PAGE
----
New Delhi, February 26: The Economic Survey 2015-16 presented today in the Parliament by the Union Finance Minister Arun Jaitley stressed on the declining growth in agriculture, owing to two consecutive drought years and due to decline in production and area sown of major crops. The agriculture sector needs a transformation to ensure sustainable livelihoods for the farmers and food security for the population.The transformation in agriculture has to be steered by raising productivity in agriculture, by investing in efficient irrigation technologies, and efficient use of all inputs. Economic Survey 2015-16 emphasizes that to improve productivity in agriculture in India needs to be guided by followings:
To raise the productivity of agriculture in India there is need to expand the acreage under irrigation along with adoption of appropriate technologies for efficient utilization of water through suitable pricing. First, adoption of irrigation technologies which improve efficiency in the use of water is imperative in a scenario where flood irrigation has resulted in wastage of water. Second, focus on efficient irrigation technologies is owing to climate change and indiscriminate wastage of water in agriculture and other uses. Having ‘more crop per drop’ through motto to improve productivity in agriculture which can ensure food and water security in the future.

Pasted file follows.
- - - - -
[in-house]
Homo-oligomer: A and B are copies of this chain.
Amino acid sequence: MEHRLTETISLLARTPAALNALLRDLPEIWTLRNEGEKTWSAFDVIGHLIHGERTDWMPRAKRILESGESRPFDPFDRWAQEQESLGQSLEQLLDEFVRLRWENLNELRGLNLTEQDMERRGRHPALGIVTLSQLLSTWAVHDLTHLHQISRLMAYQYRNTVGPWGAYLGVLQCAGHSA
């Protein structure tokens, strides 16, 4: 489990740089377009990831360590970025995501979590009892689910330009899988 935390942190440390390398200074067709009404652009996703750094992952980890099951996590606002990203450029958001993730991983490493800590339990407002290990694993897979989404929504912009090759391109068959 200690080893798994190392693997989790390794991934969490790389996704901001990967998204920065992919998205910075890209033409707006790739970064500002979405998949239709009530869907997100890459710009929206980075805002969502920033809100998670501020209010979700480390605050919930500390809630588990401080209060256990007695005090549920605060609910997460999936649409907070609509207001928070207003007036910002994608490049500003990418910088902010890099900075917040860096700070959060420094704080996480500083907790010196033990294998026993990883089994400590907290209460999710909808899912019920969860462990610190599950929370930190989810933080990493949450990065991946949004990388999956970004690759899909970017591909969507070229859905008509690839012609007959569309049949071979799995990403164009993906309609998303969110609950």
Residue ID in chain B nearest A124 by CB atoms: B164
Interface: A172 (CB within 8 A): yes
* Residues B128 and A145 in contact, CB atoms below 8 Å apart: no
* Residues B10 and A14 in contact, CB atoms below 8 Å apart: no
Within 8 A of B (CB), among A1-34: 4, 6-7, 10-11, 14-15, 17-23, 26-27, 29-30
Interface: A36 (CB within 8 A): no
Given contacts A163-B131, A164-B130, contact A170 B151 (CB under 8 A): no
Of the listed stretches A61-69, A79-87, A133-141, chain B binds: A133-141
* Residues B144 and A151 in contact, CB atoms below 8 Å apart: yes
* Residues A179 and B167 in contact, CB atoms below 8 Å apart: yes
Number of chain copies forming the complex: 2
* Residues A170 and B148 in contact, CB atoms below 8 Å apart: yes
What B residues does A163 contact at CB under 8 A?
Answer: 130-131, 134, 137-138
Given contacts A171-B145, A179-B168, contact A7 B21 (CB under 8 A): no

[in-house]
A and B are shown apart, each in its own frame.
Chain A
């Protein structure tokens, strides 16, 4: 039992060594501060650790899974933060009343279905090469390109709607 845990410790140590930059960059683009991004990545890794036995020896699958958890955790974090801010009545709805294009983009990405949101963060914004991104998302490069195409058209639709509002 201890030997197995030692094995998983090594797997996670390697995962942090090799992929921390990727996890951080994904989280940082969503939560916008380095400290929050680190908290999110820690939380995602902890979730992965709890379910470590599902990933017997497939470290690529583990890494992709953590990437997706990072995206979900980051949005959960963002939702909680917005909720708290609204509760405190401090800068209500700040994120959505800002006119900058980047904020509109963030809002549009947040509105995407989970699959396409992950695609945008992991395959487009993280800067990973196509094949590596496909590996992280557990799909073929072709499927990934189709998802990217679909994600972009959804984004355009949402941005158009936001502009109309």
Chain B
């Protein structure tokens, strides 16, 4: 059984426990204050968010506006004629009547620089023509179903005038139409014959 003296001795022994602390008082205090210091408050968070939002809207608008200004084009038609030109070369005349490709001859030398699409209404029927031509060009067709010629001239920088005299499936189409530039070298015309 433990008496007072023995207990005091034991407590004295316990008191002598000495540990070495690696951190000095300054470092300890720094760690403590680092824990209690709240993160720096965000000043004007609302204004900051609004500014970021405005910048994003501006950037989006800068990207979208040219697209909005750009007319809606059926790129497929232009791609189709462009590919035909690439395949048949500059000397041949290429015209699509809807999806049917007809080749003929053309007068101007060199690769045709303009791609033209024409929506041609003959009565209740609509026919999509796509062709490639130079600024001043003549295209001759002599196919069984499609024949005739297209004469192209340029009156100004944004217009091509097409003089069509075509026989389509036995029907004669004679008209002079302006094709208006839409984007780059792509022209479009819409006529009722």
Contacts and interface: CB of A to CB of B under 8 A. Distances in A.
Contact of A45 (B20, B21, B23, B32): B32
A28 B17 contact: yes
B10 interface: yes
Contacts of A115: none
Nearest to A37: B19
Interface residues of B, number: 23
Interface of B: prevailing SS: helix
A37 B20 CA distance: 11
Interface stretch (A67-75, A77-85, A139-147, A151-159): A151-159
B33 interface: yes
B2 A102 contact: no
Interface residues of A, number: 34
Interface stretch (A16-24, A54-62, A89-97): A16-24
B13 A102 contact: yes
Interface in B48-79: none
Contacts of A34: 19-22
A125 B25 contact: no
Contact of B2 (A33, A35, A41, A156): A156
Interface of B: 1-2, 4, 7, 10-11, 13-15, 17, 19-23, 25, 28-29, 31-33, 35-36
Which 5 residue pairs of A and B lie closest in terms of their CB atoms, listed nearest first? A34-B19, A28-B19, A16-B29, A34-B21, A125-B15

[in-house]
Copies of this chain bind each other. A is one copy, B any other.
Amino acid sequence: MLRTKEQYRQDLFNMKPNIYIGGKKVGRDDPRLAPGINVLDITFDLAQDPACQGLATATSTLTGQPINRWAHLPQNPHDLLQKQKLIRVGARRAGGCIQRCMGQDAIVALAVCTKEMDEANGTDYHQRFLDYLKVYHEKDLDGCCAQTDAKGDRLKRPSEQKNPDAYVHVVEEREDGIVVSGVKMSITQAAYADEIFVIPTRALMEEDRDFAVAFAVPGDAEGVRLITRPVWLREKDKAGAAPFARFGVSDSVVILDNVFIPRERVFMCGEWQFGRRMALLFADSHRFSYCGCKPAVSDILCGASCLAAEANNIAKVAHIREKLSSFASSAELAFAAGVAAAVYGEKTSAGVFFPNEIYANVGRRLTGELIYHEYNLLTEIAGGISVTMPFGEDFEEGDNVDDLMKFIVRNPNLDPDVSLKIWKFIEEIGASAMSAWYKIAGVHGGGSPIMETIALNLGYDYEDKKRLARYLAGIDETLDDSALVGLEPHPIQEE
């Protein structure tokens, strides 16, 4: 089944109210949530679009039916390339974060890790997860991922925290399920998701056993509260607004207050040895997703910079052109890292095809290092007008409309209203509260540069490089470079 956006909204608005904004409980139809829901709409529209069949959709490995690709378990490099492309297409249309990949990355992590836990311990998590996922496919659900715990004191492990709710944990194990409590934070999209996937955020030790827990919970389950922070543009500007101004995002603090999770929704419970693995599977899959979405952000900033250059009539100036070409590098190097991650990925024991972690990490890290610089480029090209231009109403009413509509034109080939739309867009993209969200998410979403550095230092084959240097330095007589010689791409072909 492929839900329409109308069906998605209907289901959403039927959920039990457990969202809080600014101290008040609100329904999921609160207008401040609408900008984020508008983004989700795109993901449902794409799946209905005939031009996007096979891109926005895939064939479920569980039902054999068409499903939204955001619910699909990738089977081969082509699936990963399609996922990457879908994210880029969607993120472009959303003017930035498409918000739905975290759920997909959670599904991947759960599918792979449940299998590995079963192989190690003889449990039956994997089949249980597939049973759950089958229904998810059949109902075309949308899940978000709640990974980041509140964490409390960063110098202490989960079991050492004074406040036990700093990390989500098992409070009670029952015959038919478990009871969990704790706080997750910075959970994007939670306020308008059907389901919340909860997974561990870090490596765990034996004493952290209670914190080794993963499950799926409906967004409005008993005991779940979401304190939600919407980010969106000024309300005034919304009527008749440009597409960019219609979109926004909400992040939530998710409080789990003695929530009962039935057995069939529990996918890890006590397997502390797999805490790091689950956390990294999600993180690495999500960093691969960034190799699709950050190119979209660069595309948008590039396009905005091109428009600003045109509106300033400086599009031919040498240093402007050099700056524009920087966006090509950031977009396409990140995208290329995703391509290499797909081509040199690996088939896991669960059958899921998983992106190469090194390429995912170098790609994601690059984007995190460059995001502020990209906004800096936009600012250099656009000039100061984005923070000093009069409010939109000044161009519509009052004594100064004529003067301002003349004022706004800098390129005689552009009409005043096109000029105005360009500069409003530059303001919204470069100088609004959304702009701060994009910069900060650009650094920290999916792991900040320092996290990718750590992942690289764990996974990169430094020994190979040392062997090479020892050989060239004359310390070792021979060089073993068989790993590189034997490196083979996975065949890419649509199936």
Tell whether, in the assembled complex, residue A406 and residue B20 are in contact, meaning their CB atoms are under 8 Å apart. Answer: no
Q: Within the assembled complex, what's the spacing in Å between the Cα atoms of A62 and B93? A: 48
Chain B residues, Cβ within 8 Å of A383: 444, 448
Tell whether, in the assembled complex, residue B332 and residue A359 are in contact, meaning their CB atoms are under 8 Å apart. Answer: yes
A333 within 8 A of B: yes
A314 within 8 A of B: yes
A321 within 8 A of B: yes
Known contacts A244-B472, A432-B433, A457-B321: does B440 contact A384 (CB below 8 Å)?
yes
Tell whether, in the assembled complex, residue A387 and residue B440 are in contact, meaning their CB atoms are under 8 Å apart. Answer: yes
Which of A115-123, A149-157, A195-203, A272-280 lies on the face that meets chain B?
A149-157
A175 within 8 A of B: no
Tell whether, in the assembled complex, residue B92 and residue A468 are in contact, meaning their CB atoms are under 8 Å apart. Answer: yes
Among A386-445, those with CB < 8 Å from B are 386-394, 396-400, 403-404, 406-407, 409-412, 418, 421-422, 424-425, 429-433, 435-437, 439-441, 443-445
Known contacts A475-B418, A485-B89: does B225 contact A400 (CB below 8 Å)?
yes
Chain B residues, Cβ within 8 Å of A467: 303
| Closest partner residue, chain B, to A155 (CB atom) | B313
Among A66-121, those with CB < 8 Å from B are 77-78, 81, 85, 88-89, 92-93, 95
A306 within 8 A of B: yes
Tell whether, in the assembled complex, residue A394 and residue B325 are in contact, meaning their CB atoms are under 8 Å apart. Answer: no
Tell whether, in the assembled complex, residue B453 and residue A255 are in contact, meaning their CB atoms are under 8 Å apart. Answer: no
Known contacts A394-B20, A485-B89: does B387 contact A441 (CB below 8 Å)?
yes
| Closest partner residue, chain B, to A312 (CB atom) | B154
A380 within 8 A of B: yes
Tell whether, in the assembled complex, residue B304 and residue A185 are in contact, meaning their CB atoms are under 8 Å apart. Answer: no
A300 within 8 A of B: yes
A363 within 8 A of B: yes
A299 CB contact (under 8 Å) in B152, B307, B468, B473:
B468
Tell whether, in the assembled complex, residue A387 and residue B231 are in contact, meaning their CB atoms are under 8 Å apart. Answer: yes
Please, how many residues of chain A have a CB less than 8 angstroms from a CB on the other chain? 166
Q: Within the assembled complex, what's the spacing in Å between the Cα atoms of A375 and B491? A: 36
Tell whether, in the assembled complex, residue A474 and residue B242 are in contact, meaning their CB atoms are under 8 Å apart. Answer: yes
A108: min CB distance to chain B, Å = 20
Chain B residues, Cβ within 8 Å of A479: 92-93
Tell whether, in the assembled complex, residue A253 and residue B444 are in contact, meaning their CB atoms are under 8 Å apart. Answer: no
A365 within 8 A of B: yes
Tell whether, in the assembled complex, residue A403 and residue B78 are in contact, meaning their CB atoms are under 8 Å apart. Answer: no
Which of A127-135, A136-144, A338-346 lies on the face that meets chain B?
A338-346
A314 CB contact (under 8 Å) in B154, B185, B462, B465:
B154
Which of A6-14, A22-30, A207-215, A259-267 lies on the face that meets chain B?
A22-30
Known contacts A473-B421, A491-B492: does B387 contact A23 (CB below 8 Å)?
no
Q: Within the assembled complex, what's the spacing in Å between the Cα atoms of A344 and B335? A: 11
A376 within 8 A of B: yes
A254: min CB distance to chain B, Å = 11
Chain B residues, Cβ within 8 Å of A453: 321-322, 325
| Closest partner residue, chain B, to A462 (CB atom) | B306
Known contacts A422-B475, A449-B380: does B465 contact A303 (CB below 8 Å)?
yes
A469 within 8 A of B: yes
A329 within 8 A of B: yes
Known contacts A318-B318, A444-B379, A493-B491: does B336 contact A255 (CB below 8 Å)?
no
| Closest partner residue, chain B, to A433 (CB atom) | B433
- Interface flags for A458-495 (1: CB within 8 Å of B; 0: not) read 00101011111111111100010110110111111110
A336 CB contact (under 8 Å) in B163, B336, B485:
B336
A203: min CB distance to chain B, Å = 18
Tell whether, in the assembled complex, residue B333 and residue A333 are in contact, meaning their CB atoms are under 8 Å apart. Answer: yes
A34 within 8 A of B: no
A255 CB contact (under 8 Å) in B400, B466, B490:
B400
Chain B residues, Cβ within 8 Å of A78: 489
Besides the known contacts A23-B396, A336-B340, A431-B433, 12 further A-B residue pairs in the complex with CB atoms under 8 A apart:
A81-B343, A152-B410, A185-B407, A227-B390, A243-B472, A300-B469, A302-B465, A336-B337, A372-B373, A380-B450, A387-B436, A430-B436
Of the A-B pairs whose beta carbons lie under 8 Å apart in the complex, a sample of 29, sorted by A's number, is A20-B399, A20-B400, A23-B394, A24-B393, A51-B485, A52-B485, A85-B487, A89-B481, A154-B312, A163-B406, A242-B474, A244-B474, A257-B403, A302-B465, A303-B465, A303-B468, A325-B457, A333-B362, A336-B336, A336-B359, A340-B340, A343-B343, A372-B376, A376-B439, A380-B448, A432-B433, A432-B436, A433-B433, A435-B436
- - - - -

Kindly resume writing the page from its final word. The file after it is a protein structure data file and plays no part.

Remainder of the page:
Net irrigated Area to Total cropped area in India
As per the latest available data on irrigation, the all India percentage distribution of net irrigated are to the total cropped area during 2012-13 was 33.9 per cent. There is regional disparity in irrigated farming, with net irrigated area to Total cropped area at more than 50 per cent in the states of Punjab, Tamil Nadu and Uttar Pradesh, while it is at less than 50 per cent in the remaining States. There is need to scope for increasing the coverage of irrigated area across the country to increase productivity in agriculture.
There is need to arrest the declining trend in efficient utilization of irrigation potential and also reverse it in the next two three years. A larger share of funds available under the Mahatama Gandhi National Rural Employment Guarantee Act (MGNEREGA)/ other employment generating schemes need to be deployed for creating and maintenance of community assets including de-silting and repair of tanks and other water bodies that are used for irrigation.
Efficiency in Irrigation
Achieving efficiency in the use of irrigation systems will be the main determinant of agriculture productivity. The conventional systems of irrigation have become on-viable in many parts of India due to increasing shortages of water, wastage of water through over irrigation, and concerns of salination of soil as per Task force on Agriculture (NITI Aayog, 2015).The introduction of efficient irrigation technologies which are both economically and technically efficient like drip and sprinkler irrigation can improve water use efficiency , reduce costs of production by reducing labour costs and power consumption.